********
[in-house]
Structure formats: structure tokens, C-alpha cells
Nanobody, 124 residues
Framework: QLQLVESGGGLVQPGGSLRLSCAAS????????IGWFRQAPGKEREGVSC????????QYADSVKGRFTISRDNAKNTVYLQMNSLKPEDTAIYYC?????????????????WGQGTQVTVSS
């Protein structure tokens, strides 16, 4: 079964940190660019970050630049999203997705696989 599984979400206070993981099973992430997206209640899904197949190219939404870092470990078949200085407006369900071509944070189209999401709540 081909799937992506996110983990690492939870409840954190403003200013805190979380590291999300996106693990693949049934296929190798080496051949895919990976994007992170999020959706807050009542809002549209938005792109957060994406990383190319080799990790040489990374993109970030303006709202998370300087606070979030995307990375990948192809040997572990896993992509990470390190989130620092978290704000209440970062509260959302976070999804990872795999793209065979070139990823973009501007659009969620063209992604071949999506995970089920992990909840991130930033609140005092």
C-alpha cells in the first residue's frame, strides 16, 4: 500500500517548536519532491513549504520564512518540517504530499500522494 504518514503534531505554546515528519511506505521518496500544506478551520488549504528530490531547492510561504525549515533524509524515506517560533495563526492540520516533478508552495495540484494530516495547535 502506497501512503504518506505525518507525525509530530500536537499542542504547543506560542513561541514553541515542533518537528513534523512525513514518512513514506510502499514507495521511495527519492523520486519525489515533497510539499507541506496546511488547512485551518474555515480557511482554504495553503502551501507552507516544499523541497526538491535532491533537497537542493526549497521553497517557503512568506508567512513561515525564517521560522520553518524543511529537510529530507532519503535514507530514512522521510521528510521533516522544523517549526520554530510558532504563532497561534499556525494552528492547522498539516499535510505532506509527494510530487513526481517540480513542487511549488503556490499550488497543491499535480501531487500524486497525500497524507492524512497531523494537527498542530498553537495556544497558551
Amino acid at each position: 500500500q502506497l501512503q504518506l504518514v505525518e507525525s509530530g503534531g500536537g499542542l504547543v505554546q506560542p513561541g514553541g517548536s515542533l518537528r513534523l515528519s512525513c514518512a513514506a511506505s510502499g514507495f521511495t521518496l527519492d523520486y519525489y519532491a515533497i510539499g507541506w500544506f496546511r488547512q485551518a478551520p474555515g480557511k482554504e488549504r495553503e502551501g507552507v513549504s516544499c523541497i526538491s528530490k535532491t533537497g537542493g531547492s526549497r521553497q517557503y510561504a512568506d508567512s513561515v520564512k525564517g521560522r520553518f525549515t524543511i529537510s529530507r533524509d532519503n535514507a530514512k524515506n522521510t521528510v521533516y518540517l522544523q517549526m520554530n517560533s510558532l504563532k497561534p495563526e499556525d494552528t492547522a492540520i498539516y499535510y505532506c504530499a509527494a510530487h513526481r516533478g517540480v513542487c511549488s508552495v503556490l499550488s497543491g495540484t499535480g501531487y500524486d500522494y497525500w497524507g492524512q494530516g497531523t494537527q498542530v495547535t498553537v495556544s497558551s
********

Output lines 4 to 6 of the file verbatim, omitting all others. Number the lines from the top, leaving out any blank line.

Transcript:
Framework: QLQLVESGGGLVQPGGSLRLSCAAS????????IGWFRQAPGKEREGVSC????????QYADSVKGRFTISRDNAKNTVYLQMNSLKPEDTAIYYC?????????????????WGQGTQVTVSS
């Protein structure tokens, strides 16, 4: 079964940190660019970050630049999203997705696989 599984979400206070993981099973992430997206209640899904197949190219939404870092470990078949200085407006369900071509944070189209999401709540 081909799937992506996110983990690492939870409840954190403003200013805190979380590291999300996106693990693949049934296929190798080496051949895919990976994007992170999020959706807050009542809002549209938005792109957060994406990383190319080799990790040489990374993109970030303006709202998370300087606070979030995307990375990948192809040997572990896993992509990470390190989130620092978290704000209440970062509260959302976070999804990872795999793209065979070139990823973009501007659009969620063209992604071949999506995970089920992990909840991130930033609140005092």
C-alpha cells in the first residue's frame, strides 16, 4: 500500500517548536519532491513549504520564512518540517504530499500522494 504518514503534531505554546515528519511506505521518496500544506478551520488549504528530490531547492510561504525549515533524509524515506517560533495563526492540520516533478508552495495540484494530516495547535 502506497501512503504518506505525518507525525509530530500536537499542542504547543506560542513561541514553541515542533518537528513534523512525513514518512513514506510502499514507495521511495527519492523520486519525489515533497510539499507541506496546511488547512485551518474555515480557511482554504495553503502551501507552507516544499523541497526538491535532491533537497537542493526549497521553497517557503512568506508567512513561515525564517521560522520553518524543511529537510529530507532519503535514507530514512522521510521528510521533516522544523517549526520554530510558532504563532497561534499556525494552528492547522498539516499535510505532506509527494510530487513526481517540480513542487511549488503556490499550488497543491499535480501531487500524486497525500497524507492524512497531523494537527498542530498553537495556544497558551